You guys are right on. These so called pro shops can do more damage than harm. Be vary wary of the 'professional' opinion.
I have a couple suggestions:
1. I have a Hoyt Alphamax, 28.5" draw, 72 lbs. All the arrow charts said I should be shooting 350 arrows, however my arrow flight was inconsistent and the arrows were constantly hitting left. I did some research and found that was a sign of under spine arrows. I went from Beman 340's to Beman 300's a stiffer arrow and it made all the difference in the world. I figured this out using some of the pro arrow selector programs. Not saying this is your problem, but just be aware that the charts may be a little misleading.
2. I have hunted with my bow for 3 years pretty hard. Lots of bumps, bangs, drops, etc. I took it to a local shop and I think he screwed things up even more. So l did as others mentioned and logged onto ArcheryTalk.com and found a well known archrey shop in Wisconsisn to do a full tuneup, cleaning, and new strings for $129. They paper tune everything, run it through the chrono, and make sure the bow is entirely within spec. He is a Hoyt dealer, so he knows his stuff. Give him a look if you get a chance. Some of the best cash I have spent on my bow.
I dont trust the shops around here and dont have the tools to do it myself, so this was my only option. It has proven beneficial and helped me gain confidence in my equipment.
You guys are great thanks for the help. I do not have the money and time to invest in a bowpress and learn to completely tune it myself. I am kind of leaning towards what one of you guys said and sending it to a reputable dealer to do a full tune. Shane, imay still give you a call one evening this week and see if you can help. For those that asked, my arrows are cut to 28 7/8" and I am using 100 grain tips. Im off to try it on the paper again will check back here again tonight.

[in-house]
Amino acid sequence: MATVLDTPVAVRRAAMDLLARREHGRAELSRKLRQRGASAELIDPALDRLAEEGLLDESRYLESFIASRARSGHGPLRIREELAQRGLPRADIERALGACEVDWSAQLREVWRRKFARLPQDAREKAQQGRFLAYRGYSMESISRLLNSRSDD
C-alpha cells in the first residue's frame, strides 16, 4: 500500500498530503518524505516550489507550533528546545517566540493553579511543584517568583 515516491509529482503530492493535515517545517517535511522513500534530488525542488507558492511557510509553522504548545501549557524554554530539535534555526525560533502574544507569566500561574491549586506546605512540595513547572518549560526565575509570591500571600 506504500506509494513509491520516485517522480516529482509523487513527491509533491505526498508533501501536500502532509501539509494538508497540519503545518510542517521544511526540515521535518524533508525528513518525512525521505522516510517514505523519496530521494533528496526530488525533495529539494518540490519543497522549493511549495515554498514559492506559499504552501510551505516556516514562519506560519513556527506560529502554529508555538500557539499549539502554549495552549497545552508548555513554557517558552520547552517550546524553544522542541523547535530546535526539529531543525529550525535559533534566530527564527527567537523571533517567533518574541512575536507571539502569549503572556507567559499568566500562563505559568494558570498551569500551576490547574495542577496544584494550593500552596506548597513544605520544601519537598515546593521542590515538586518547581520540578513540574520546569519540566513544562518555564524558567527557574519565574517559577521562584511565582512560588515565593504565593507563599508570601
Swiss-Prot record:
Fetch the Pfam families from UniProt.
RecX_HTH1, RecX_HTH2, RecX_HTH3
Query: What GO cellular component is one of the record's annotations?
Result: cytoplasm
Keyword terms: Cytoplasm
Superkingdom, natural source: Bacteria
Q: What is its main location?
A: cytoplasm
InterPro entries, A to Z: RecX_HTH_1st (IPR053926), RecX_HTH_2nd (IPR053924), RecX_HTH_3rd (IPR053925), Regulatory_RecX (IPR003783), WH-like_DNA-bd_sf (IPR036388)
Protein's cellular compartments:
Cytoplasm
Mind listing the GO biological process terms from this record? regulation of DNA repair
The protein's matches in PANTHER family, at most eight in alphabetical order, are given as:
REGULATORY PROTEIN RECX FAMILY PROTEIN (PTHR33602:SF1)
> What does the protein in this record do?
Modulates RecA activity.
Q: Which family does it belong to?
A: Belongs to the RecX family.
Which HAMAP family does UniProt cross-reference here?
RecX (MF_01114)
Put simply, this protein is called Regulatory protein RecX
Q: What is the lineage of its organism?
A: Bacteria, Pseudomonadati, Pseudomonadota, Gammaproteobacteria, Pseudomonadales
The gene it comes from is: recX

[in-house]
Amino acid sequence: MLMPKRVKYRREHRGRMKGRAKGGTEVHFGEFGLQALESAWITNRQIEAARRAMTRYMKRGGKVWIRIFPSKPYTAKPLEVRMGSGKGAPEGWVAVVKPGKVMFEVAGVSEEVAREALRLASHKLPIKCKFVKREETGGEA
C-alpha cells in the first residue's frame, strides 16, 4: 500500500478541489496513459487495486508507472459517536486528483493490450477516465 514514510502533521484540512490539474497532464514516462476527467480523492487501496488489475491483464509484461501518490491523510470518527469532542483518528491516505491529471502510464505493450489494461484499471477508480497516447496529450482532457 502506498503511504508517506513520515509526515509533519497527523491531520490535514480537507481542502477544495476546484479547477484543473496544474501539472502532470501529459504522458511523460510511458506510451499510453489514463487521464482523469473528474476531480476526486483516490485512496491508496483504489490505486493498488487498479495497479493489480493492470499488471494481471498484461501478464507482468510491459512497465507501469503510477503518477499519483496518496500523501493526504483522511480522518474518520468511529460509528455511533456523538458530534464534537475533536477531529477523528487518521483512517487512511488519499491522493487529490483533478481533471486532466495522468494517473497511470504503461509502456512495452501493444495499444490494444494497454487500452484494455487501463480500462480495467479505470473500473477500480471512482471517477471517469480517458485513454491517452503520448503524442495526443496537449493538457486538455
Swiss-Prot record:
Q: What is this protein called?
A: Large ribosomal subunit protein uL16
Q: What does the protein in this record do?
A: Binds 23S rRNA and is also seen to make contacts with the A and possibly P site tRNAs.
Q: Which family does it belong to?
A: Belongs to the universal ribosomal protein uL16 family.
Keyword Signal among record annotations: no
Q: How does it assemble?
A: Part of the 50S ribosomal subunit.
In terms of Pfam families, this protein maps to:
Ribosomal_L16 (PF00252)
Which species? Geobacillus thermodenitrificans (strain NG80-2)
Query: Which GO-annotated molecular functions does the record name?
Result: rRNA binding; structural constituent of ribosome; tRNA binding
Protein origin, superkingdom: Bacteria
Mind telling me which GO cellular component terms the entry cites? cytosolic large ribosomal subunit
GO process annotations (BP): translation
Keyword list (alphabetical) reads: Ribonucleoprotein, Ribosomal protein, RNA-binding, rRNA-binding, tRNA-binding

I change my strings each year, so I am used to new ones.
There are a couple things I like about it:
1) the bow is tuned with those strings on it. So if you need an extra twist or a twist taken out that is done to ensure the bow is shooting properly when it gets to you.
2) and much less important, I choose the colors so I can customize the color of my bow.
It is a good plan if you want to be able to pick up your bow and shoot, knowing it is properly tuned
I'm with everyone on the "Pro" shop thing. I had similar problems with tuning and they couldn't help me out. I shoot a Bowtech Justice at 70lb w/29" draw. Arrow is cut to 28.5". Started with beman 340s and could never get them to paper tune or shoot well. Broadheads made it even worse. Like Robinhood I eventually went to the beman 300s. Solved all my problems until I had a reputible "Pro" shop in Boise put on a new string. They couldn't get any arrow to paper tune and told me it was my rest and that I was shooting the wrong arrows. Of coarse they wanted me to buy a new rest and arrows from them. Said no thanks I'll work on it. Got home and immediately saw my veins hitting the riser. Simple solution and my FP and BH group together again. Definitely is worth learning to tune you bow as I'm not sure many of the shops know how to do it correctly.
I'd be extremely unhappy if I bought a new Element, given the price, and the shop couldn't get it tuned. Good luck.